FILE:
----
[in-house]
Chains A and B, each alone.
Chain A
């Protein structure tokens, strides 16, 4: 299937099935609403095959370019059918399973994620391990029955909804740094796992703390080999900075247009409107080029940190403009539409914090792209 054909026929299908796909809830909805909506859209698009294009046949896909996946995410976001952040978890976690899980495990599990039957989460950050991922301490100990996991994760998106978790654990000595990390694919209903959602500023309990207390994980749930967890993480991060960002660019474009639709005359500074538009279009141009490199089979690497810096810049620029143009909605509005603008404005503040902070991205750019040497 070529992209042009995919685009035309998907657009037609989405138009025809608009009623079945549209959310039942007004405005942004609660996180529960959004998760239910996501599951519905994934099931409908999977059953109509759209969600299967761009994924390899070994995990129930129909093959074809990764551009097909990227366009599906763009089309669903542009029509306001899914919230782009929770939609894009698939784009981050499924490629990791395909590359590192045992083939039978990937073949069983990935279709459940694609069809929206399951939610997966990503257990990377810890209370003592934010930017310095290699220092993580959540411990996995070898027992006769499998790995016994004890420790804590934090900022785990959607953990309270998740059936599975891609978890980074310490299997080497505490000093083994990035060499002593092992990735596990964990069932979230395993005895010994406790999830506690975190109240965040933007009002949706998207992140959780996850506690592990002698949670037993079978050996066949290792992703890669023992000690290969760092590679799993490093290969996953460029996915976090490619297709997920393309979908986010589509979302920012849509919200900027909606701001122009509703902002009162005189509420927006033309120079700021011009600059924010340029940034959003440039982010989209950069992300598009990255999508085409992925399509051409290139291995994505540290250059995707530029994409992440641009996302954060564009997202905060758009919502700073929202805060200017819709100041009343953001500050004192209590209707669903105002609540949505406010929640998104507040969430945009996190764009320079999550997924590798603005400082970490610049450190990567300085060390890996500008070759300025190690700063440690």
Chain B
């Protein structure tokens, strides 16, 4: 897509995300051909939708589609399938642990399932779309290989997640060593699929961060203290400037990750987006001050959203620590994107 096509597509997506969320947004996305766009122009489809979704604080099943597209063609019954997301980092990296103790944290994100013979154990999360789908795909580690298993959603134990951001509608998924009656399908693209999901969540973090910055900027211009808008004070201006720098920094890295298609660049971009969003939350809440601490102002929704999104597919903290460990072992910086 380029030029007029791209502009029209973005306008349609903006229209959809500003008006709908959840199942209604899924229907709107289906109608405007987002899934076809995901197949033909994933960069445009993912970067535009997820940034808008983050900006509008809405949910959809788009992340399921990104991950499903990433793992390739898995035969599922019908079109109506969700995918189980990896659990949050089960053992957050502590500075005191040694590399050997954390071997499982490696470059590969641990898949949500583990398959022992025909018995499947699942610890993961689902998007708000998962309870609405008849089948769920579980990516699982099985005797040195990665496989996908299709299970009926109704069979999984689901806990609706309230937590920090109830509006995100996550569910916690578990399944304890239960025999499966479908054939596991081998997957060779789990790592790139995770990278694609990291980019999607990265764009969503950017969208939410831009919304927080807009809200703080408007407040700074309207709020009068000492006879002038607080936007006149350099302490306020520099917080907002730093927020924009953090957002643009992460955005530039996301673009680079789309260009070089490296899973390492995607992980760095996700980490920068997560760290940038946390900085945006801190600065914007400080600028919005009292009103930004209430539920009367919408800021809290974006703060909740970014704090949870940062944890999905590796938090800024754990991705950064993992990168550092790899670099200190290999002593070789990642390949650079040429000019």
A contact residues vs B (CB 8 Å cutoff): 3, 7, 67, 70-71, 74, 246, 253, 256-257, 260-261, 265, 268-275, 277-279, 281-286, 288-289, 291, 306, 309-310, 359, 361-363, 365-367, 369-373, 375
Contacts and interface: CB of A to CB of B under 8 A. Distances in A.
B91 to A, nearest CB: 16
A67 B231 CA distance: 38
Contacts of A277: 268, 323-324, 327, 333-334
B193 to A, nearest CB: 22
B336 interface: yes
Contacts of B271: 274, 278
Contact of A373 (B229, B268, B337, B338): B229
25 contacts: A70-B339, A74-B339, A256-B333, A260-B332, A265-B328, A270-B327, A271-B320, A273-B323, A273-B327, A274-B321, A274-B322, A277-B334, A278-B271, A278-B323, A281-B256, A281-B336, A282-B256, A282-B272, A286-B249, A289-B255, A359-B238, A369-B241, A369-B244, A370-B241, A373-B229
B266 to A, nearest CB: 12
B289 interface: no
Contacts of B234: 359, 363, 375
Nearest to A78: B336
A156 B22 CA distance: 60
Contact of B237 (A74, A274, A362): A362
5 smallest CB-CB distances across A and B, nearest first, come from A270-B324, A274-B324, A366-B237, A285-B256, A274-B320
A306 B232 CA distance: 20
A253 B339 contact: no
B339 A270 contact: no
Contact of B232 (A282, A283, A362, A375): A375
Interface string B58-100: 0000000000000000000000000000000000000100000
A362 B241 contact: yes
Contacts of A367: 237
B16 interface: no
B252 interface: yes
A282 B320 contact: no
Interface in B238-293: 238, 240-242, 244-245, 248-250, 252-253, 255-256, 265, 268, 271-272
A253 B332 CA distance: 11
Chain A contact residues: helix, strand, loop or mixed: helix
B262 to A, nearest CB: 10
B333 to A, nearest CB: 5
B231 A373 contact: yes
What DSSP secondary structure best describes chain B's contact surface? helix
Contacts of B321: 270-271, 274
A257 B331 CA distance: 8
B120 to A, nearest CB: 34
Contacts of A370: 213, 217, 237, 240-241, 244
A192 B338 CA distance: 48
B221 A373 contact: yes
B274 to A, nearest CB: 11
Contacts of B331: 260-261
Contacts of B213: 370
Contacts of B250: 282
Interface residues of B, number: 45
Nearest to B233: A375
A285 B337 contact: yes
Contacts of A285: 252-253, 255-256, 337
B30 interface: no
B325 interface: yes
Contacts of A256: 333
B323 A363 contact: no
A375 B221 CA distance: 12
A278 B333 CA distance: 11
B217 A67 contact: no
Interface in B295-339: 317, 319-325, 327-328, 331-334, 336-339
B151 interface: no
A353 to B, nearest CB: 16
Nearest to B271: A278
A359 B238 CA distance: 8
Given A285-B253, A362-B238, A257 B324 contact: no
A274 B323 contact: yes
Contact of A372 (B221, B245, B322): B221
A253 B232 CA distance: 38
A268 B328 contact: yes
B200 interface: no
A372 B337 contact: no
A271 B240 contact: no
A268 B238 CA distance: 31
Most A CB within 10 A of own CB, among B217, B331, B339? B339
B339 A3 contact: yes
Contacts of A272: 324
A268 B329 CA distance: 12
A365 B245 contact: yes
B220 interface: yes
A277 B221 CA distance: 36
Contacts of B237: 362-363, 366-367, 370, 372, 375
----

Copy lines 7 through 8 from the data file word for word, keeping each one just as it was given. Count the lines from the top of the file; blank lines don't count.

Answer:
A contact residues vs B (CB 8 Å cutoff): 3, 7, 67, 70-71, 74, 246, 253, 256-257, 260-261, 265, 268-275, 277-279, 281-286, 288-289, 291, 306, 309-310, 359, 361-363, 365-367, 369-373, 375
Contacts and interface: CB of A to CB of B under 8 A. Distances in A.